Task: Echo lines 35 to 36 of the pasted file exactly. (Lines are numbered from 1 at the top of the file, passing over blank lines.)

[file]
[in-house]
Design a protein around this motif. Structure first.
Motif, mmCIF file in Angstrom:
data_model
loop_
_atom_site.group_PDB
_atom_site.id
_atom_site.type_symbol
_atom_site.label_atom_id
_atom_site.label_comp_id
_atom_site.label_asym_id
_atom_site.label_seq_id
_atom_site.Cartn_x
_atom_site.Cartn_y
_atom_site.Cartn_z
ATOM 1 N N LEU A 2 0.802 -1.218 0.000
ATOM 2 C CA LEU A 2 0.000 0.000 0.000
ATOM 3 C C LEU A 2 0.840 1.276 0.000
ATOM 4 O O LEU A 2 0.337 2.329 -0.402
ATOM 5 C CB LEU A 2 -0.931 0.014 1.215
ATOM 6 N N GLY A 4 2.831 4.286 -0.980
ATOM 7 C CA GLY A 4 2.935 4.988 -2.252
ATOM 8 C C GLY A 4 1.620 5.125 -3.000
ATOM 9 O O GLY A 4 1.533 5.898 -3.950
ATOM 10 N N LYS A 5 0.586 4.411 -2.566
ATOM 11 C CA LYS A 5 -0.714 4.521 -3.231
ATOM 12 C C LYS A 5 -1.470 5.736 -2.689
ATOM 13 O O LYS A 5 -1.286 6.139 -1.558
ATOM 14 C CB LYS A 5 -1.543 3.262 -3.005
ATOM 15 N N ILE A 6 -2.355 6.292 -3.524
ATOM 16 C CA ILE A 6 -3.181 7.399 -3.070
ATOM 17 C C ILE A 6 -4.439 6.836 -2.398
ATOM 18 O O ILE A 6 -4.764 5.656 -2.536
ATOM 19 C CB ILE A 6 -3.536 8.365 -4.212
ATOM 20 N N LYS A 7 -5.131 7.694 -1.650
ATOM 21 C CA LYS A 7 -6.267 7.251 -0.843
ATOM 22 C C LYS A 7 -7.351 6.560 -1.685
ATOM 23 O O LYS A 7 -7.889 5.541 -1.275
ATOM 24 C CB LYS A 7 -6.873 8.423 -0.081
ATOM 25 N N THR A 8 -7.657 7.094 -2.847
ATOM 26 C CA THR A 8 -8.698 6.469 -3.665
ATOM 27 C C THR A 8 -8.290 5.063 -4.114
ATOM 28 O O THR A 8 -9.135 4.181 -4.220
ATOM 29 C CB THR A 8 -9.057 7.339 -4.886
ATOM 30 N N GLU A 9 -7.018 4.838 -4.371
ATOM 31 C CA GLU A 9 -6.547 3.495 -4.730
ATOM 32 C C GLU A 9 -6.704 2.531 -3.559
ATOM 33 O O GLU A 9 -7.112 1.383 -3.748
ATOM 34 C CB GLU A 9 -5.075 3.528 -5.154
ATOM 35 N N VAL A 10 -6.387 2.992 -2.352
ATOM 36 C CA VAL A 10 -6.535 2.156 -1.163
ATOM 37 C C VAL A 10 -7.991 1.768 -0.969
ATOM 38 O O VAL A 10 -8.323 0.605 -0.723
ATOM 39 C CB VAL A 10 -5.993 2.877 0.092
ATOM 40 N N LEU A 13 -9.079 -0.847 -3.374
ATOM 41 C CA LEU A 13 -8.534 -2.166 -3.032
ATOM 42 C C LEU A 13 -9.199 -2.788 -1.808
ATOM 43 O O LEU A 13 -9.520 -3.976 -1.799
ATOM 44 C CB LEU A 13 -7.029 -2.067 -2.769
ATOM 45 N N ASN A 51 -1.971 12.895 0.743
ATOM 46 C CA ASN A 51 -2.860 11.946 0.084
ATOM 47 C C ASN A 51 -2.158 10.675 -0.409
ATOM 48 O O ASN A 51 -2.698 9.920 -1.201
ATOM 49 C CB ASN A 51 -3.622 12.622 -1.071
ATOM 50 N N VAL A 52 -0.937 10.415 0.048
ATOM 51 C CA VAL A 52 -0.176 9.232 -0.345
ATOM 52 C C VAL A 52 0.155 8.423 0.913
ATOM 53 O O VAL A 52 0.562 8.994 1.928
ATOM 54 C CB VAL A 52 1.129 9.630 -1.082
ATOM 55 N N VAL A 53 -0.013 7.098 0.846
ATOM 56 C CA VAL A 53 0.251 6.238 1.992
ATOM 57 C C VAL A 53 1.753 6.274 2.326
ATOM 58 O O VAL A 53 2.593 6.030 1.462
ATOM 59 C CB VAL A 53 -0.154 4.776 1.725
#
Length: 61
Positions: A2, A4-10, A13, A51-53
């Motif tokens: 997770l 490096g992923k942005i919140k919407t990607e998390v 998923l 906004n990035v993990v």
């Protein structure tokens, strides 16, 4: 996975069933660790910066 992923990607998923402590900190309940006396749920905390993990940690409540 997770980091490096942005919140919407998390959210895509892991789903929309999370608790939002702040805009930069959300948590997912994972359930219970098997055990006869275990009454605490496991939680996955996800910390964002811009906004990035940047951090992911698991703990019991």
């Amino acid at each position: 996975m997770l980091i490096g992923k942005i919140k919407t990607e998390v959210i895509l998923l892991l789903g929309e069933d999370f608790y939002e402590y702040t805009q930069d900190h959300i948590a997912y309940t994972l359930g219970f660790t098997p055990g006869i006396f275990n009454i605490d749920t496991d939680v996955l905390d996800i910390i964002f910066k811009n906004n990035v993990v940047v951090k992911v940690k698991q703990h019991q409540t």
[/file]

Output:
ATOM 20 N N LYS A 7 -5.131 7.694 -1.650
ATOM 21 C CA LYS A 7 -6.267 7.251 -0.843